The Working Group also came to the conclusion that Part 2 of ISO should be replaced gradually by guidelines on different topics such as classification, metadata, disposition, etc.


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kCura Relativity Training and Certification Exams at KPMG’s Toronto offices, June 2015

As a leading provider of Relativity in Canada and Premium Hosting Partner since 2011, KPMG is pleased to offer the opportunity to attend the following exams and training sessions of kCura’s Relativity review platform at its downtown Toronto offices during the week of June 22, 2015.

Certification Exams

Mon Jun 22

9 am – 12 pm     Certified Administrator (RCA)

1 pm – 3 pm       Review & Analytics Specialist

3 pm – 5 pm       Assisted Review & Infrastructure Specialist



Tues Jun 23         9 am – 5 pm        Administrative

Wed Jun 24         9 am – 5 pm        Administrative cont.

Thu Jun 25           9 am – 5 pm        Analytics

Fri Jun 26             9 am – 5 pm        Processing

For more information on course itineraries and to register, please visit:



(In the Training listings, don’t forget to click “see more dates” if the Toronto session is not appearing.)

Breakfast and lunch will be provided.

The sessions will all be held at KPMG’s downtown offices: 333 Bay Street, Toronto, ON  M5H 2S5. Session seats are limited and will be booked on a first come first serve basis. Don’t miss out on this opportunity to hone existing skills and become certified in the legal industry’s leading hosting and review software.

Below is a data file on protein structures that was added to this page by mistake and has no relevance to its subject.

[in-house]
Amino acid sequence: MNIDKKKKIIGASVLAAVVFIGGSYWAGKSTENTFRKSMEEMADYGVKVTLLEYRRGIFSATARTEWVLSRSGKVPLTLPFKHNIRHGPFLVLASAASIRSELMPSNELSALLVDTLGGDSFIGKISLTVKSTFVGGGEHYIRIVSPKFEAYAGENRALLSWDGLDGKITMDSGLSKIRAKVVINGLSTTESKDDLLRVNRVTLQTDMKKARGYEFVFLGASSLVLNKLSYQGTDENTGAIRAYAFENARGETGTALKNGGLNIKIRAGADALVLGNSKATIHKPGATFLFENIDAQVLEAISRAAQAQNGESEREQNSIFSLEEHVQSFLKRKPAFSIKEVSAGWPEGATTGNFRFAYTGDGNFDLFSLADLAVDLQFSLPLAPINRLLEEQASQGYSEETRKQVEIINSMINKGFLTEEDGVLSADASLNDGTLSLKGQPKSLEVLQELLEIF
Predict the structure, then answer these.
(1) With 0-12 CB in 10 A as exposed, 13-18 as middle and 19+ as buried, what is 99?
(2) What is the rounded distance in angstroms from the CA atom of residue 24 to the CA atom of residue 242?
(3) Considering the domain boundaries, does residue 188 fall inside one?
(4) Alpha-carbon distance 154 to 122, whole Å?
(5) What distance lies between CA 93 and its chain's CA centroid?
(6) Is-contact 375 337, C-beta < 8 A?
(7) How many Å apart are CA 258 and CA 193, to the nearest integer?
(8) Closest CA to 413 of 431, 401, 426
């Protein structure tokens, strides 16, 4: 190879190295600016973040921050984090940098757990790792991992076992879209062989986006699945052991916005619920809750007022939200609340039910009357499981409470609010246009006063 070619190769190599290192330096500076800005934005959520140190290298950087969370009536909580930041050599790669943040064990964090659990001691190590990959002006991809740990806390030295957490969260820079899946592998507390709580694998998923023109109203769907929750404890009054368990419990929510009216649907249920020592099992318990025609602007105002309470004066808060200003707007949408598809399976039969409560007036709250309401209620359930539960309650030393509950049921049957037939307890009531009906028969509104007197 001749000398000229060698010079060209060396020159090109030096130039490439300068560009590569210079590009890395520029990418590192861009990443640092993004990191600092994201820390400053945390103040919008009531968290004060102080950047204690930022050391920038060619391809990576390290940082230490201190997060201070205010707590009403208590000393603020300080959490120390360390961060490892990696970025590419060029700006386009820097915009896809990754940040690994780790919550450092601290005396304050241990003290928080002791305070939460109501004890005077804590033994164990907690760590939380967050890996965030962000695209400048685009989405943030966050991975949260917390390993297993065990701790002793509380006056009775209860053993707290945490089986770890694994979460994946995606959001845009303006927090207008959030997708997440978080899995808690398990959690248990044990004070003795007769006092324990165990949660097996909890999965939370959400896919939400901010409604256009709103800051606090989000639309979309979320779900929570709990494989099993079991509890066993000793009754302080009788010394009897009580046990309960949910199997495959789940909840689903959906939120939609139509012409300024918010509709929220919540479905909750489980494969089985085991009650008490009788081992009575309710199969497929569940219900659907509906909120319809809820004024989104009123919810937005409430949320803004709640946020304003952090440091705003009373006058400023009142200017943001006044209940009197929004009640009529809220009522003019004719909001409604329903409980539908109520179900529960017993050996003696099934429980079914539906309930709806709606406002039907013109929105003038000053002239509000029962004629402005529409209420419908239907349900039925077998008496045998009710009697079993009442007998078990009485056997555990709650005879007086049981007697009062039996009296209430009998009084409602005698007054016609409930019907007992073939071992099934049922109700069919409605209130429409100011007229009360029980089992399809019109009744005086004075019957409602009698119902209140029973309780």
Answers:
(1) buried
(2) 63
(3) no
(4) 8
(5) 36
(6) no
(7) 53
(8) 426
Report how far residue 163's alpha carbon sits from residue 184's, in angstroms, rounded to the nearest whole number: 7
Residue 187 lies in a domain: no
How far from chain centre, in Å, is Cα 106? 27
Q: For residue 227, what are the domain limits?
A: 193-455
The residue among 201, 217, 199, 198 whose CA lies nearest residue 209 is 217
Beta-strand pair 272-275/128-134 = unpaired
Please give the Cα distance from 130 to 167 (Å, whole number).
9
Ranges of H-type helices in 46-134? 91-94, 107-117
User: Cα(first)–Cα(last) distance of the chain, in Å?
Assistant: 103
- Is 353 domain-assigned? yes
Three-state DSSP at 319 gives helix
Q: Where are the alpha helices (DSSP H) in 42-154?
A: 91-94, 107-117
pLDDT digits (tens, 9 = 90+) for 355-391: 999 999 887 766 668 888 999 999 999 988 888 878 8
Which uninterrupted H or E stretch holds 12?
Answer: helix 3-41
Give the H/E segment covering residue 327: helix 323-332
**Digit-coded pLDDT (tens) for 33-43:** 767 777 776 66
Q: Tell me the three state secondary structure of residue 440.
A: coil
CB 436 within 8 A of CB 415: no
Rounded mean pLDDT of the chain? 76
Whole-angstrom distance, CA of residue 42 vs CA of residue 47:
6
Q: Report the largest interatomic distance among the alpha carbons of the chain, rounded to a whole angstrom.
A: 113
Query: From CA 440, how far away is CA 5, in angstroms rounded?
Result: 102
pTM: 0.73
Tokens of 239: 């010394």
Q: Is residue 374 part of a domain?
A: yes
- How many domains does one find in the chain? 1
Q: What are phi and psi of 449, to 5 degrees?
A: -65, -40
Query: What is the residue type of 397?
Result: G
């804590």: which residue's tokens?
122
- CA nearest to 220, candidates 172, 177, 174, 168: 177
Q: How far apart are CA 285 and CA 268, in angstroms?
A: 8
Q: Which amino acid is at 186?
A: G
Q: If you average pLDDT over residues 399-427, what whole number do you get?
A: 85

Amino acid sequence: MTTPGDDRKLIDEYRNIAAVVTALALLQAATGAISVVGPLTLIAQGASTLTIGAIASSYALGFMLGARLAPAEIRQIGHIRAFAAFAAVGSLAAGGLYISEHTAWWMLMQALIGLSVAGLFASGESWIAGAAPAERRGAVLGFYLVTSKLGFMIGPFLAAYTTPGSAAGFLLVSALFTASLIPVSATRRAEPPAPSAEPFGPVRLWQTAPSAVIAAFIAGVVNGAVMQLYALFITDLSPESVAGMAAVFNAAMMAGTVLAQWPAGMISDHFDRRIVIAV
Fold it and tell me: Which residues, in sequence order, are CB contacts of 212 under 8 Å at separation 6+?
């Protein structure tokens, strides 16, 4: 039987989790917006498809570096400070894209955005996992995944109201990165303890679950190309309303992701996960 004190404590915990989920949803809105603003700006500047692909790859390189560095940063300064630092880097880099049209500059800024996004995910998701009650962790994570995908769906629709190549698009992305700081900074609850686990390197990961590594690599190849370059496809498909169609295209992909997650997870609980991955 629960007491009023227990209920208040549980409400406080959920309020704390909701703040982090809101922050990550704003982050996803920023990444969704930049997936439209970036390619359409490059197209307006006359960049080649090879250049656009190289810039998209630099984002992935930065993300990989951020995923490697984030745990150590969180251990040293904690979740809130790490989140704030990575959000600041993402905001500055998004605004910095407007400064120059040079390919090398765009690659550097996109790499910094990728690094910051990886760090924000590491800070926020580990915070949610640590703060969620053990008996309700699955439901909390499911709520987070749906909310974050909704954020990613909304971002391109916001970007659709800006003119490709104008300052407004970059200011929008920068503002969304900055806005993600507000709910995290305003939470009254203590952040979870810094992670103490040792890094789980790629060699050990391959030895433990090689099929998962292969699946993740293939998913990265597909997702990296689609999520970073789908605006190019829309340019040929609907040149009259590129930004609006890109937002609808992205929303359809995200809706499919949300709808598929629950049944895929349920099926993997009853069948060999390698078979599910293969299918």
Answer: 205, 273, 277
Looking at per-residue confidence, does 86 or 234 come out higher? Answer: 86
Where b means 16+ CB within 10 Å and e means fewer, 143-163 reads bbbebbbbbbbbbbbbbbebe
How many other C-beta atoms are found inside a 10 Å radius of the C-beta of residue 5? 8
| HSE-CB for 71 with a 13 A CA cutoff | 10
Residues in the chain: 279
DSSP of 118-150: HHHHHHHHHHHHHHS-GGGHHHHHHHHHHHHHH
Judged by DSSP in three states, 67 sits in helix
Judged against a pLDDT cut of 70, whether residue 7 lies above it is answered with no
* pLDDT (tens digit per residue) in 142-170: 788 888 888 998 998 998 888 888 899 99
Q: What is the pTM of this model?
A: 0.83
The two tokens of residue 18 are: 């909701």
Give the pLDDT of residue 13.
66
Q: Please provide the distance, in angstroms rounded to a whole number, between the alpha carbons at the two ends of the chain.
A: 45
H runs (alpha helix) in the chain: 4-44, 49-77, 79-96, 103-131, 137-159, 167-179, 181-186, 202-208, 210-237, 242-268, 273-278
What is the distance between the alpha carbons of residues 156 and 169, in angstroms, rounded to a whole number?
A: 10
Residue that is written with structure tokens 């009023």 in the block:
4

Please do not hesitate to contact David Sharpe or me for questions or registration assistance. We look forward to seeing you there!

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Dark Governance Rises: Maturing Beyond an Operational Data Governance Model

Over the course of the last year or so, the buzz-phrase “dark data” has entered the common lexicon of data management, information management, technology and business analytics circles. When I first heard the term my mind conjured up the image of the bat-cave wired with the technical capabilities to track Gotham City’s super villains. Armed with my rapacious curiosity I set out on a deliberate quest to study the shadowed periphery of the information landscape.

This four part blog series shall examine the emergent phenomenon known as “dark data” with the objective of evaluating and contextualizing the trend’s influence on information management practice discipline.